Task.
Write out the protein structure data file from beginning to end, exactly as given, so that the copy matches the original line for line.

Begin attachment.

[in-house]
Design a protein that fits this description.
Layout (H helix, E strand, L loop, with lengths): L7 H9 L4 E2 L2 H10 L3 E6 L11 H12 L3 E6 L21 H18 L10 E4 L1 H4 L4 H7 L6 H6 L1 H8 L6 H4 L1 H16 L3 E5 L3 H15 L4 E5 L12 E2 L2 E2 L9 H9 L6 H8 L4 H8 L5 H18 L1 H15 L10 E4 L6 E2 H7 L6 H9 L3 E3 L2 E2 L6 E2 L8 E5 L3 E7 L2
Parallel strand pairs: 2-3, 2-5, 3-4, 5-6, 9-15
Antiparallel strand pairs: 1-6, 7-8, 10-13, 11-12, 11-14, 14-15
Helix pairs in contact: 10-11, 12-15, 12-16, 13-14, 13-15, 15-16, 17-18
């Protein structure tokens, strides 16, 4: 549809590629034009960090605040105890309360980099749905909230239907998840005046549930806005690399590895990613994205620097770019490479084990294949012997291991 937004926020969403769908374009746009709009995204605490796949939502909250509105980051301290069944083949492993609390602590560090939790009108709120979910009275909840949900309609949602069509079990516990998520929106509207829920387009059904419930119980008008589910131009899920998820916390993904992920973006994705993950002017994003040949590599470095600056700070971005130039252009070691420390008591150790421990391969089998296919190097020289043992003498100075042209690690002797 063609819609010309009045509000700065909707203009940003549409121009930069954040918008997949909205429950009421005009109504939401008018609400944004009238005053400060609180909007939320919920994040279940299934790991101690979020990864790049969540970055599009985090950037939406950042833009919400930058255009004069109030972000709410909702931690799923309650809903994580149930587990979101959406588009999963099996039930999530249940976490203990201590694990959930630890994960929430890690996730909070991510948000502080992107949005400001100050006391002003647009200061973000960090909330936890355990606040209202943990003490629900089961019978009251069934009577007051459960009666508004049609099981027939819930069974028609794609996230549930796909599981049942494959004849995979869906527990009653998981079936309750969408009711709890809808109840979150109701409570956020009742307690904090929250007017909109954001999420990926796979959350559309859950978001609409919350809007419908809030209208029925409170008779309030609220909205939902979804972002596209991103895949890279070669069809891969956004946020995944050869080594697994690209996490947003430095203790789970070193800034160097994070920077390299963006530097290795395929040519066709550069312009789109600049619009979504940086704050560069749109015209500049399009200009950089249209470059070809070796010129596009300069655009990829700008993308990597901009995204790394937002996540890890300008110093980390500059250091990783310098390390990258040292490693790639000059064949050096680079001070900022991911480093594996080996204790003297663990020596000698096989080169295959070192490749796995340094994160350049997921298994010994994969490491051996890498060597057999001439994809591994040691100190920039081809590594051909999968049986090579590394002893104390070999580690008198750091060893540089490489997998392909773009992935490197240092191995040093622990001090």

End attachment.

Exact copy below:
[in-house]
Design a protein that fits this description.
Layout (H helix, E strand, L loop, with lengths): L7 H9 L4 E2 L2 H10 L3 E6 L11 H12 L3 E6 L21 H18 L10 E4 L1 H4 L4 H7 L6 H6 L1 H8 L6 H4 L1 H16 L3 E5 L3 H15 L4 E5 L12 E2 L2 E2 L9 H9 L6 H8 L4 H8 L5 H18 L1 H15 L10 E4 L6 E2 H7 L6 H9 L3 E3 L2 E2 L6 E2 L8 E5 L3 E7 L2
Parallel strand pairs: 2-3, 2-5, 3-4, 5-6, 9-15
Antiparallel strand pairs: 1-6, 7-8, 10-13, 11-12, 11-14, 14-15
Helix pairs in contact: 10-11, 12-15, 12-16, 13-14, 13-15, 15-16, 17-18
């Protein structure tokens, strides 16, 4: 549809590629034009960090605040105890309360980099749905909230239907998840005046549930806005690399590895990613994205620097770019490479084990294949012997291991 937004926020969403769908374009746009709009995204605490796949939502909250509105980051301290069944083949492993609390602590560090939790009108709120979910009275909840949900309609949602069509079990516990998520929106509207829920387009059904419930119980008008589910131009899920998820916390993904992920973006994705993950002017994003040949590599470095600056700070971005130039252009070691420390008591150790421990391969089998296919190097020289043992003498100075042209690690002797 063609819609010309009045509000700065909707203009940003549409121009930069954040918008997949909205429950009421005009109504939401008018609400944004009238005053400060609180909007939320919920994040279940299934790991101690979020990864790049969540970055599009985090950037939406950042833009919400930058255009004069109030972000709410909702931690799923309650809903994580149930587990979101959406588009999963099996039930999530249940976490203990201590694990959930630890994960929430890690996730909070991510948000502080992107949005400001100050006391002003647009200061973000960090909330936890355990606040209202943990003490629900089961019978009251069934009577007051459960009666508004049609099981027939819930069974028609794609996230549930796909599981049942494959004849995979869906527990009653998981079936309750969408009711709890809808109840979150109701409570956020009742307690904090929250007017909109954001999420990926796979959350559309859950978001609409919350809007419908809030209208029925409170008779309030609220909205939902979804972002596209991103895949890279070669069809891969956004946020995944050869080594697994690209996490947003430095203790789970070193800034160097994070920077390299963006530097290795395929040519066709550069312009789109600049619009979504940086704050560069749109015209500049399009200009950089249209470059070809070796010129596009300069655009990829700008993308990597901009995204790394937002996540890890300008110093980390500059250091990783310098390390990258040292490693790639000059064949050096680079001070900022991911480093594996080996204790003297663990020596000698096989080169295959070192490749796995340094994160350049997921298994010994994969490491051996890498060597057999001439994809591994040691100190920039081809590594051909999968049986090579590394002893104390070999580690008198750091060893540089490489997998392909773009992935490197240092191995040093622990001090």